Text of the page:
The next chapter takes us to the Abraham Lincoln apartment building.  This provides us more evidence that we are not in a totally free society.  People’s primary work and living identity are in communal apartment buildings.  These people pray together, work together, and are even required to pass examinations to remain a member of good standing.  People’s only major investment is their home in one of these communal apartment building.  People’s major interaction with the government is through talent shows put on by these communal buildings.  The changes are so low, it is more like a lottery than a true talent contest.  Everyone’s great dream is to be chosen to perform for Nicole Thibideaux, the first lady of the USEA.  People voted, but their true love was for Nicole.  “Now there was just the one party, which had ruled a stable and peaceful society, and everyone, by law, belonged to it.  Everyone paid dues and attending meetings, and voted, each four years, for a new der Alte–for the man they thought Nicole would like best.”  Nicole remarried every four years to a new der Alte.  Thus, we have matriarchy rooted in the love of a celebrity.  Perhaps Dick was reflecting on the rise of female stars in film and opera and popular music.  Perhaps he noticed the greater love Americans had for first ladies (Jackie Kennedy) than for presidents.  In any case, it is not that women have true political power.  Nicole is loved by all men.  Men dream of her.  Imagine being with her.  Marriages in the communal homes are functional.  Everyone’s true love is for Nicole.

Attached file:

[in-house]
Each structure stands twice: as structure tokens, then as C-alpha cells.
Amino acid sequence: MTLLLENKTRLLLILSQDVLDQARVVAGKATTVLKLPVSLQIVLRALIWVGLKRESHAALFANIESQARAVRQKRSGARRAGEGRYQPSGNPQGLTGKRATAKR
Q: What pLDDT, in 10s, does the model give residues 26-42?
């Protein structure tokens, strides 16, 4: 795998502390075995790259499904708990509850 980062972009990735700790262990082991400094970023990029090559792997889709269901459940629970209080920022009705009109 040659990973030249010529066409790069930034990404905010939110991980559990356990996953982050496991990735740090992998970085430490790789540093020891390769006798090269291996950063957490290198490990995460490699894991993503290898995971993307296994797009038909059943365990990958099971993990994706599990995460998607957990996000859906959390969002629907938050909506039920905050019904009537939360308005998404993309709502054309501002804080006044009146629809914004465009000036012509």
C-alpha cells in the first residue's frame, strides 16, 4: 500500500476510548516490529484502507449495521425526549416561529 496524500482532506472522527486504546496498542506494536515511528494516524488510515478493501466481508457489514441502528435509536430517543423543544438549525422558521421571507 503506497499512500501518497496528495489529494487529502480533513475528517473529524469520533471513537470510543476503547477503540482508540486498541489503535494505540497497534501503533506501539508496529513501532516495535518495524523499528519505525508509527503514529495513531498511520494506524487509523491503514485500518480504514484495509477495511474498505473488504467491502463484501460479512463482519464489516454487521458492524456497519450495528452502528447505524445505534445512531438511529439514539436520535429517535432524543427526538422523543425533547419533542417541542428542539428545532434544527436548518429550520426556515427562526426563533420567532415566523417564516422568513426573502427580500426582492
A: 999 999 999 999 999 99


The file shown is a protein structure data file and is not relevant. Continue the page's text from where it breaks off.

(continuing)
France got there first.  Meet Carla Bruni-Sarkozy.

France got there first. Meet Carla Bruni-Sarkozy.

Do we really care about the losers at the two ends?

Do we really care about the losers at the two ends?


The real power is in the class of Ges (Geheimnisträger), who know the truth.  Nicole is merely an actress who took over for the real Nicole as she aged.  The der Alte, despite elections is an android propped by up the Ges to provide the facade of democracy.  One of the characters speak of a matriarchy.  On the surface it seems to be a celebratocracy.  In reality, the USEA is a technocracy, like so many of Dick’s imagined political systems.  This seems to me not entirely unlikely.  The infrastructure for a faux participatory democracy is there, as reflected in the proliferation of reality TV, where we elect our singer or even participate in choosing mates for eligible and wealthy bachelors.  The Obama campaign famously used small donations delivered via the Internet to make people feel like they were part of a movement, even if the real contributors to the campaign were the corporate elite.  I cannot prove, but I suspect there are celebrities who are more well-known the most political figures.  Millions take the love life, illnesses, and reproductive lives of these people seriously.  I guess that a celebratocracy is more likely than a full dictatorship seen in 1984.  Voting is even a part of the television.  “Savagely, he went to the TV set and pressed the s knob; if enough citizens pushed it, the old man would stop entirely–the stop knob meant total cessation of the mumbling speech.  Vince waited, but the speech went on.”

The Simulacra, like most of these 1960s novels of PKD, show his intense anxiety over married life and monogamy.  It is hard to not see Dick as always willing to assume the worst in the character of women.  Here, Vince Strikerock of the Abraham Lincoln complex, discovers that his wife has shacked up with Chic  Strikerock, his brother.  Vince loves Julie but realizes that this is abnormal.  For most, marriage if functional.  Voting rights for women are a product of their ability to bear children.  He asks: “What was marriage, anyhow?  An arrangemetn of sharing things, such as right now being able to discuss the meaning of der Alte giving an eight A.M. speech and getting someone else — his wife — to fix breakfast while he prepared to go to his job at Karp u.”